Increasing Capital Revenue in Social Networking Communities: Building Social and Economic Relationships through Avatars and Characters

Increasing Capital Revenue in Social Networking Communities: Building Social and Economic Relationships through Avatars and Characters

Jonathan Bishop (Centre for Research into Online Communities and E-Learning Systems, UK)
DOI: 10.4018/978-1-4666-2803-8.ch005
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The rise of online communities in Internet environments has set in motion an unprecedented shift in power from vendors of goods and services to the customers who buy them, with those vendors who understand this transfer of power and choose to capitalize on it by organizing online communities and being richly rewarded with both peerless customer loyalty and impressive economic returns. A type of online community, the virtual world, could radically alter the way people work, learn, grow consume, and entertain. Understanding the exchange of social and economic capital in online communities could involve looking at what causes actors to spend their resources on improving someone else’s reputation. Actors’ reputations may affect others’ willingness to trade with them or give them gifts. Investigating online communities reveals a large number of different characters and associated avatars. When an actor looks at another’s avatar they will evaluate them and make decisions that are crucial to creating interaction between customers and vendors in virtual worlds based on the exchange of goods and services. This chapter utilizes the ecological cognition framework to understand transactions, characters and avatars in virtual worlds and investigates the exchange of capital in a bulletin board and virtual. The chapter finds strong evidence for the existence of characters and stereotypes based on the ecological cognition framework and empirical evidence that actors using avatars with antisocial connotations are more likely to have a lower return on investment and be rated less positively than those with more sophisticated appearing avatars.
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The rise of online communities has set in motion an unprecedented power shift from goods and services vendors to customers according to Armstrong and Hagel (1997). Vendors who understand this power transfer and choose to capitalize on it are richly rewarded with both peerless customer loyalty and impressive economic returns they argue. In contemporary business discourse, online community is no longer seen as an impediment to online commerce, nor is it considered just a useful Website add-on or a synonym for interactive marketing strategies. Rather, online communities are frequently central to the commercial development of the Internet, and to the imagined future of narrowcasting and mass customization in the wider world of marketing and advertising (Werry, 2001). According to Bressler and Grantham (2000), online communities offer vendors an unparalleled opportunity to really get to know their customers and to offer customized goods and services in a cost executive way and it is this recognition of an individual’s needs that creates lasting customer loyalty. However, if as argued by Bishop (2007a) that needs, which he defines as pre-existing goals, are not the only cognitive element that affects an actor’s behavior, then vendors that want to use online communities to reach their customers will benefit from taking account of the knowledge, skills and social networks of their customers as well.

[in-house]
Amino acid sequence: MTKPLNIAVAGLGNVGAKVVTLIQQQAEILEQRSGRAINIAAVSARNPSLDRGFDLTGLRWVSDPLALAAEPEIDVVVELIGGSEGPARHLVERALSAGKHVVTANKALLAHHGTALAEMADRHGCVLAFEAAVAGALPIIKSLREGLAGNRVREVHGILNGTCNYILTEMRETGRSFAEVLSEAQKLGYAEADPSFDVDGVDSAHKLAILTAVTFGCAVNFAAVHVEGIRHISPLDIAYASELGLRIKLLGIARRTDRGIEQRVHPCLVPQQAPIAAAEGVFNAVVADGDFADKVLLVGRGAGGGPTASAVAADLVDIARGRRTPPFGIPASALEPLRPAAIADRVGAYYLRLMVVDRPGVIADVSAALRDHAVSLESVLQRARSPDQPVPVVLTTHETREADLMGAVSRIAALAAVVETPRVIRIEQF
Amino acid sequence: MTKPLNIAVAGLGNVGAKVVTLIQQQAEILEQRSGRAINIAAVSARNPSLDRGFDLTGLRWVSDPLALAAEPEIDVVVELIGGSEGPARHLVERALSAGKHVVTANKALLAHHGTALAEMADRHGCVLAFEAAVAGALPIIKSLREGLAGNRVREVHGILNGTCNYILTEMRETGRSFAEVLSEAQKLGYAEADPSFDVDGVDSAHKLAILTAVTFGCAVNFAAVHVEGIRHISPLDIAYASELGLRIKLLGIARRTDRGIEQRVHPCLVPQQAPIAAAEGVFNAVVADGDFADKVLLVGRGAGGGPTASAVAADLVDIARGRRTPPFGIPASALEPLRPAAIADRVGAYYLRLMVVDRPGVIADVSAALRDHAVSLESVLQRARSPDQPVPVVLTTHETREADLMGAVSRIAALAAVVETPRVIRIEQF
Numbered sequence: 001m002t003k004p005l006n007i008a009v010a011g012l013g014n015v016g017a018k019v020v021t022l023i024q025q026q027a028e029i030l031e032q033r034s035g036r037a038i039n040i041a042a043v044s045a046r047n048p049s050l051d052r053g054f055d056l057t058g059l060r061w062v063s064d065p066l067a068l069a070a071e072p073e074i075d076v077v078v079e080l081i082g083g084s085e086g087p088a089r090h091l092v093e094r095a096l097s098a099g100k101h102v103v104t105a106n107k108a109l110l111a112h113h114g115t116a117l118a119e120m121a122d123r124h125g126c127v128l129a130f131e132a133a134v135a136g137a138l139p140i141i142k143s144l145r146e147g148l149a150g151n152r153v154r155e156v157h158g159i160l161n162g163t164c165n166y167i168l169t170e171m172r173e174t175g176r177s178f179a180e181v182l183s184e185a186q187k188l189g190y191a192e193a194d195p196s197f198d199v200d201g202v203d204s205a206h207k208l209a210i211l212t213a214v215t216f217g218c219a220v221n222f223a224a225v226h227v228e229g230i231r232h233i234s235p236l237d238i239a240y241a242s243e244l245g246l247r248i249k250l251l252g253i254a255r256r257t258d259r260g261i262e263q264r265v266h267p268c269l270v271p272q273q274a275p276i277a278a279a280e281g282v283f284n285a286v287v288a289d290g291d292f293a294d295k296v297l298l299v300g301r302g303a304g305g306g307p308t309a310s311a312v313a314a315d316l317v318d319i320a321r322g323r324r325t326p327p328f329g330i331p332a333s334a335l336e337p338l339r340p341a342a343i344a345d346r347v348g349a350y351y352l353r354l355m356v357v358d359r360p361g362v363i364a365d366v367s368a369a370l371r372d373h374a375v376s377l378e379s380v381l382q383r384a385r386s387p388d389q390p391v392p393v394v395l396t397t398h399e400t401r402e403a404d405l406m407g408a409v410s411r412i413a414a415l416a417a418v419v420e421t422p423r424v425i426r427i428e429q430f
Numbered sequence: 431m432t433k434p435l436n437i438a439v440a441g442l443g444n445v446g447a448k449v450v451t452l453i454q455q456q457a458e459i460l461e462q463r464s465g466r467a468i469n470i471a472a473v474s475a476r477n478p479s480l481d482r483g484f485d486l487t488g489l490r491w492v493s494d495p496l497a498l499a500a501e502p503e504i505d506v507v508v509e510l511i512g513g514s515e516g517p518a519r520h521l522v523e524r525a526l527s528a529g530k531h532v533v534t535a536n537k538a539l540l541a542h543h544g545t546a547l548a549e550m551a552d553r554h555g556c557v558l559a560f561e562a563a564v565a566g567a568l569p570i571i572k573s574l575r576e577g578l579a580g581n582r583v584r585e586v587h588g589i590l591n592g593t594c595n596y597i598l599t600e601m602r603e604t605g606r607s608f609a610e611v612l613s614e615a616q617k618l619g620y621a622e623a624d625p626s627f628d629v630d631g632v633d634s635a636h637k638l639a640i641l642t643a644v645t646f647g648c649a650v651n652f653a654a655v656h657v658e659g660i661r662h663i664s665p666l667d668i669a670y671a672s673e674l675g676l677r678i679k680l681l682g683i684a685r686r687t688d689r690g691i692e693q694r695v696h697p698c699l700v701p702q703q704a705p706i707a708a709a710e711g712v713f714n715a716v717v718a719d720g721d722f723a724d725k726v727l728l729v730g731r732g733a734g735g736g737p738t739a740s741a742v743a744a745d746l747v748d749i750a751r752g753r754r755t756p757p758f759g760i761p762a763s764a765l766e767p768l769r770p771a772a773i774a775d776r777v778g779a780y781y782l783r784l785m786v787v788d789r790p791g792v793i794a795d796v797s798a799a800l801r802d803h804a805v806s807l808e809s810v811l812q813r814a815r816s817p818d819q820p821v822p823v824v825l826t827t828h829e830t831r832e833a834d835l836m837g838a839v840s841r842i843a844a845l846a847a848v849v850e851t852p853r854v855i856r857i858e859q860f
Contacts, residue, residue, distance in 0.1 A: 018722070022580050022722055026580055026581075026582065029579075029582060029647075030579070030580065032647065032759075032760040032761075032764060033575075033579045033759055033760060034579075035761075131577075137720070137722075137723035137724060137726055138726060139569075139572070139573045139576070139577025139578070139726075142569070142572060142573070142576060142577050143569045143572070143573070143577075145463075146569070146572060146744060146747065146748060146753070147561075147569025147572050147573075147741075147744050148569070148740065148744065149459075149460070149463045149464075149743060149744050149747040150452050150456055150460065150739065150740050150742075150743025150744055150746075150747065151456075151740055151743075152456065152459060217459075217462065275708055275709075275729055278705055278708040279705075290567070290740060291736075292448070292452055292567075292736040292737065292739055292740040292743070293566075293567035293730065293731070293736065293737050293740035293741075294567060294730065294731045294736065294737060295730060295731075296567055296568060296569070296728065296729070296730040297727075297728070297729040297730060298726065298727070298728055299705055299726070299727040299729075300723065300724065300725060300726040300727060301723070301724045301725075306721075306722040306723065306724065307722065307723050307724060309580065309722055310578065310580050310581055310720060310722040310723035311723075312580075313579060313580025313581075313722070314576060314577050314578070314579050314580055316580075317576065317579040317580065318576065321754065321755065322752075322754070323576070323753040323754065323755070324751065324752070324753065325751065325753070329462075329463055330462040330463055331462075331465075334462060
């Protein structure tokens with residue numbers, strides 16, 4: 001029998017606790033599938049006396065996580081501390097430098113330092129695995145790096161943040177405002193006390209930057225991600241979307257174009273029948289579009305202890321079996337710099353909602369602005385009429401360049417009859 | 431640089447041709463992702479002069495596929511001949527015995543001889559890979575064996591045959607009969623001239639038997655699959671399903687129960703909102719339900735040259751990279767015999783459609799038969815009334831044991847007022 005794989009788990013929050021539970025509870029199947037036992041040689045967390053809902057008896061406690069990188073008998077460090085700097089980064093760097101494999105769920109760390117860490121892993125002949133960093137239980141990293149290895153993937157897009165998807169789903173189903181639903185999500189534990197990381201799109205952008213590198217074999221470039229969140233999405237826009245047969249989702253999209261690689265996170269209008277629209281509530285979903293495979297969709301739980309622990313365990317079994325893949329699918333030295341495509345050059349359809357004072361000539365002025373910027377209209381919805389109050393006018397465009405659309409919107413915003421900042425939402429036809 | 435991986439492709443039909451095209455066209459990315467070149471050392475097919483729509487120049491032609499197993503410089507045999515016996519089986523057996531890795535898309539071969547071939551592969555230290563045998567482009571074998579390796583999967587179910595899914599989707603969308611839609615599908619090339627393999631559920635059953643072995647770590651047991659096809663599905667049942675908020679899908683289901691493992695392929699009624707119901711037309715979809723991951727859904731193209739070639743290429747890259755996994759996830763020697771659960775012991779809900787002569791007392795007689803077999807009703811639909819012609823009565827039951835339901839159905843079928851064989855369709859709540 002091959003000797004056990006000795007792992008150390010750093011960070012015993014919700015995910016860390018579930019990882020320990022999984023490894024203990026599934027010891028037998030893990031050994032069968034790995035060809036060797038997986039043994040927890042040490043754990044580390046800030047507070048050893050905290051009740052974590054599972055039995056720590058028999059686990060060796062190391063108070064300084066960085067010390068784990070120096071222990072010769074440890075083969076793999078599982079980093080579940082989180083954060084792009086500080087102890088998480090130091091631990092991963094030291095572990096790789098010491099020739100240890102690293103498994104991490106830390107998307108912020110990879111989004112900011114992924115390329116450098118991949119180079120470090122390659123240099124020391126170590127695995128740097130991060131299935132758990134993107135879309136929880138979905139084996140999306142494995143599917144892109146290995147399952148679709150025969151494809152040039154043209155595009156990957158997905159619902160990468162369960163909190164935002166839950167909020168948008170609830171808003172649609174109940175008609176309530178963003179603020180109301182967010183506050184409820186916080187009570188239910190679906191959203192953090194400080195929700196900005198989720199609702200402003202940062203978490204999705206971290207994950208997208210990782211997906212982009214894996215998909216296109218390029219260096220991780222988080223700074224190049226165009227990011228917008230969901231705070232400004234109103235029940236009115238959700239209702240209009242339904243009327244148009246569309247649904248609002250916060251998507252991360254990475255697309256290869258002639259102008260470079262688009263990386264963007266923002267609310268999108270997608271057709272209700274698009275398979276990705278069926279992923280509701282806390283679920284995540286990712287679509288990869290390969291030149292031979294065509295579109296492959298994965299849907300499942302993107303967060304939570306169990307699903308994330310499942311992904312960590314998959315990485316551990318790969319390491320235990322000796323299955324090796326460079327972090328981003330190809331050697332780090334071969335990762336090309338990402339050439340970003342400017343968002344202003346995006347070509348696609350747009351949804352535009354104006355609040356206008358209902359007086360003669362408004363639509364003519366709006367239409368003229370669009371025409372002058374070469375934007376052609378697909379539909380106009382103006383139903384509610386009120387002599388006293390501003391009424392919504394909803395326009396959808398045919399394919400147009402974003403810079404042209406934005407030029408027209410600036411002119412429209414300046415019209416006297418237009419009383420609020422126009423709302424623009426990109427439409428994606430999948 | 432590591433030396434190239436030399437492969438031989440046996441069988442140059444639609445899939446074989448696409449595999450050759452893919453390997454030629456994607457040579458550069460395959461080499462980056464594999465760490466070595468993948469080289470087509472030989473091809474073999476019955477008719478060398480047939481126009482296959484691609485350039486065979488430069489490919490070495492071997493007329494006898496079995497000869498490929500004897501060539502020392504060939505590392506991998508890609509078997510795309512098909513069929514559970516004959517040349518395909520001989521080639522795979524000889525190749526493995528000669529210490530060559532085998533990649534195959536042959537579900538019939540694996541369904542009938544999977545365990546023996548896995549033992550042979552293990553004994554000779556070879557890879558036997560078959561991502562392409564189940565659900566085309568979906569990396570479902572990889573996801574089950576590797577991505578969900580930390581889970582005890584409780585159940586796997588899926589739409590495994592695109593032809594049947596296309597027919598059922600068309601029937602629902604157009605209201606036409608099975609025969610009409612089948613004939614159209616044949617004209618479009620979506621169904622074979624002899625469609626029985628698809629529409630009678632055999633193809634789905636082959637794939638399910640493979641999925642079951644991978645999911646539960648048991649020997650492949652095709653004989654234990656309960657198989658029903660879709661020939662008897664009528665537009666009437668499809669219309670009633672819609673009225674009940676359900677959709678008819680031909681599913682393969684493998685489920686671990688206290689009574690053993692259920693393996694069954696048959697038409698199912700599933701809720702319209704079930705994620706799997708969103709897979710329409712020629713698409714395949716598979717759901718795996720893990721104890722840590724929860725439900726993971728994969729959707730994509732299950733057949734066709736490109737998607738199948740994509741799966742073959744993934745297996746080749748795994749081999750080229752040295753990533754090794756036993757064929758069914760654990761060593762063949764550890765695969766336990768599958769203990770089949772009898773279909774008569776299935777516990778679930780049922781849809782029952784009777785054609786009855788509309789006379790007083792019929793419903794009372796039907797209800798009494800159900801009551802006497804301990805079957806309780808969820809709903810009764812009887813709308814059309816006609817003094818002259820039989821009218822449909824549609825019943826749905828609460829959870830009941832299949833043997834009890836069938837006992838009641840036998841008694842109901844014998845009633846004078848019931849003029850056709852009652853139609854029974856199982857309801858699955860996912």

According to Bishop (2003) it is possible to effectively create an online community at a click of a button as tools such as Yahoo! Groups and MSN Communities allow the casual Internet user to create a space on the Net for people to talk about a specific topic of interest. Authors such as Bishop have defined online communities based on the forms they take. These forms range from special interest discussion Web sites to instant messaging groups. A social definition could include the requirement that an information system’s users go through the membership lifecycle identified by Kim (2000). Kim’s lifecycle proposed that individual online community members would enter each community as visitors, or “Lurkers.” After breaking through a barrier they would become “Novices,” and settle in to community life. If they regularly post content, they become “Regulars.” Next, they become “Leaders,” and if they serve in the community for a considerable amount of time, they become “Elders.” Primary online community genres based on this definition are easily identified by the technology platforms on which they are based. Using this definition, it is possible to see the personal homepage as an online community since users must go through the membership lifecycle in order to post messages to a ‘guestbook’ or join a ‘Circle of Friends’. The Circle of Friends method of networking, developed as part of the VECC Project (see Bishop, 2002) has been embedded in social networking sites, some of which meet the above definition of an online community. One of the most popular genres of online community is the bulletin board, also known as a message board. According to Kim (2000), a message board is one of the most familiar genres of online gathering place, which is asynchronous, meaning people do not have to be in the same place at the same time to have a conversation. An alternative to the message board is the e-mail list, which is the easiest kind of online gathering place to create, maintain and in which to participate (ibid). Another genre of online community that facilitates discussion is the Chat Group, where people can chat synchronously, communicating in the same place at the same time (Figallo, 1998). Two relatively new types of online community are the Weblog and the Wiki. Weblogs, or blogs, are Web sites that comprise hyperlinks to articles, news releases, discussions and comments that vary in length and are presented in chronological order (Lindahl & Blount, 2003). The community element of this technology commences when the owner, referred to as a ‘blogger’, invites others to comment on what he/she has written. A Wiki, which is so named through taking the first letters from the axiom, ‘what I know is’, is a collaborative page-editing tool with which users may add or edit content directly through their Web browser (Feller, 2005). Despite their newness, Wikis could be augmented with older models of hypertext system. A genre of online community that has existed for a long time, but is also becoming increasingly popular is the Virtual World, which may be a multi-user dungeon (MUD), a massively multiplayer online role-playing game (MMORG) or some other 3-D virtual environment. See Table 1.